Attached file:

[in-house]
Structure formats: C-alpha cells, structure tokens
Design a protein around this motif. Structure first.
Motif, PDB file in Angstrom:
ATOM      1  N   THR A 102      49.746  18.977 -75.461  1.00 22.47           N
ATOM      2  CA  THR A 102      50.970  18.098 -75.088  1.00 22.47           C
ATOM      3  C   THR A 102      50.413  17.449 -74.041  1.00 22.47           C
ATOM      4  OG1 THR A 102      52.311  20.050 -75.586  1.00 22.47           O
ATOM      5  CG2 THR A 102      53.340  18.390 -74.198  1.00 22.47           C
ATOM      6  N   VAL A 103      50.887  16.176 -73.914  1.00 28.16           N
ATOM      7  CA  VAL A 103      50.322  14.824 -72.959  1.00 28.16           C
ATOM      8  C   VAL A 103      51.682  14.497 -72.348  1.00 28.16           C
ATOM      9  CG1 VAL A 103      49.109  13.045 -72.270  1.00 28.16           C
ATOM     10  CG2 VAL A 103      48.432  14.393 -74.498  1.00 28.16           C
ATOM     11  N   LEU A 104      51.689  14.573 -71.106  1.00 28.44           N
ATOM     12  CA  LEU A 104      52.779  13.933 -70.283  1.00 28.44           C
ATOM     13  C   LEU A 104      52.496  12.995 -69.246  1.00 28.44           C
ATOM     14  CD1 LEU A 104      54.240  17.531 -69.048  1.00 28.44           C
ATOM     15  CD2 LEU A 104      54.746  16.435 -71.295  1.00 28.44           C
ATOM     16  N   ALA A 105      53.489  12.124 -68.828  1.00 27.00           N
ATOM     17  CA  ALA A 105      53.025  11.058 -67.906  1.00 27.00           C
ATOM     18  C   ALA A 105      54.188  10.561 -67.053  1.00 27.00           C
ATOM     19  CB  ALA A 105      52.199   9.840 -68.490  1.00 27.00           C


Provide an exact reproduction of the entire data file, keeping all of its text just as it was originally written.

[in-house]
Structure formats: C-alpha cells, structure tokens
Design a protein around this motif. Structure first.
Motif, PDB file in Angstrom:
ATOM      1  N   THR A 102      49.746  18.977 -75.461  1.00 22.47           N
ATOM      2  CA  THR A 102      50.970  18.098 -75.088  1.00 22.47           C
ATOM      3  C   THR A 102      50.413  17.449 -74.041  1.00 22.47           C
ATOM      4  OG1 THR A 102      52.311  20.050 -75.586  1.00 22.47           O
ATOM      5  CG2 THR A 102      53.340  18.390 -74.198  1.00 22.47           C
ATOM      6  N   VAL A 103      50.887  16.176 -73.914  1.00 28.16           N
ATOM      7  CA  VAL A 103      50.322  14.824 -72.959  1.00 28.16           C
ATOM      8  C   VAL A 103      51.682  14.497 -72.348  1.00 28.16           C
ATOM      9  CG1 VAL A 103      49.109  13.045 -72.270  1.00 28.16           C
ATOM     10  CG2 VAL A 103      48.432  14.393 -74.498  1.00 28.16           C
ATOM     11  N   LEU A 104      51.689  14.573 -71.106  1.00 28.44           N
ATOM     12  CA  LEU A 104      52.779  13.933 -70.283  1.00 28.44           C
ATOM     13  C   LEU A 104      52.496  12.995 -69.246  1.00 28.44           C
ATOM     14  CD1 LEU A 104      54.240  17.531 -69.048  1.00 28.44           C
ATOM     15  CD2 LEU A 104      54.746  16.435 -71.295  1.00 28.44           C
ATOM     16  N   ALA A 105      53.489  12.124 -68.828  1.00 27.00           N
ATOM     17  CA  ALA A 105      53.025  11.058 -67.906  1.00 27.00           C
ATOM     18  C   ALA A 105      54.188  10.561 -67.053  1.00 27.00           C
ATOM     19  CB  ALA A 105      52.199   9.840 -68.490  1.00 27.00           C